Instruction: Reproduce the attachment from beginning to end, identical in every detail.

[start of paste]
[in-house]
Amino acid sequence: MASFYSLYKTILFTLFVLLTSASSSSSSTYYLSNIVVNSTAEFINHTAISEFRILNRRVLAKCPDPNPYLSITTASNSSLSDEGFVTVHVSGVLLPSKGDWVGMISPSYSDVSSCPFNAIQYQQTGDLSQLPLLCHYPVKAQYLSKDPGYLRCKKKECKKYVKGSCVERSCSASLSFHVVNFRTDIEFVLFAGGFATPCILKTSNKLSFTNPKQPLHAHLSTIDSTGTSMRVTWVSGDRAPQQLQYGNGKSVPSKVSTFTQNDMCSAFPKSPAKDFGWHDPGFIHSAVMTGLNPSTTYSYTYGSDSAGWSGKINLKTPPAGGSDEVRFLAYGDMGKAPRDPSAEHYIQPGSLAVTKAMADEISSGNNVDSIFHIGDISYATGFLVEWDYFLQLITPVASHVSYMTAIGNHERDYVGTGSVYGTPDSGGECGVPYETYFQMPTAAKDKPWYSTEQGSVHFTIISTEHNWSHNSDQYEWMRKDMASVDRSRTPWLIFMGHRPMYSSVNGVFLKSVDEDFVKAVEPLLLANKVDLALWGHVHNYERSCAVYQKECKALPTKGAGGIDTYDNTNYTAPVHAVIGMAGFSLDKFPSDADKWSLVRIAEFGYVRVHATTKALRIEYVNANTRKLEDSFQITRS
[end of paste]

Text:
[in-house]
Amino acid sequence: MASFYSLYKTILFTLFVLLTSASSSSSSTYYLSNIVVNSTAEFINHTAISEFRILNRRVLAKCPDPNPYLSITTASNSSLSDEGFVTVHVSGVLLPSKGDWVGMISPSYSDVSSCPFNAIQYQQTGDLSQLPLLCHYPVKAQYLSKDPGYLRCKKKECKKYVKGSCVERSCSASLSFHVVNFRTDIEFVLFAGGFATPCILKTSNKLSFTNPKQPLHAHLSTIDSTGTSMRVTWVSGDRAPQQLQYGNGKSVPSKVSTFTQNDMCSAFPKSPAKDFGWHDPGFIHSAVMTGLNPSTTYSYTYGSDSAGWSGKINLKTPPAGGSDEVRFLAYGDMGKAPRDPSAEHYIQPGSLAVTKAMADEISSGNNVDSIFHIGDISYATGFLVEWDYFLQLITPVASHVSYMTAIGNHERDYVGTGSVYGTPDSGGECGVPYETYFQMPTAAKDKPWYSTEQGSVHFTIISTEHNWSHNSDQYEWMRKDMASVDRSRTPWLIFMGHRPMYSSVNGVFLKSVDEDFVKAVEPLLLANKVDLALWGHVHNYERSCAVYQKECKALPTKGAGGIDTYDNTNYTAPVHAVIGMAGFSLDKFPSDADKWSLVRIAEFGYVRVHATTKALRIEYVNANTRKLEDSFQITRS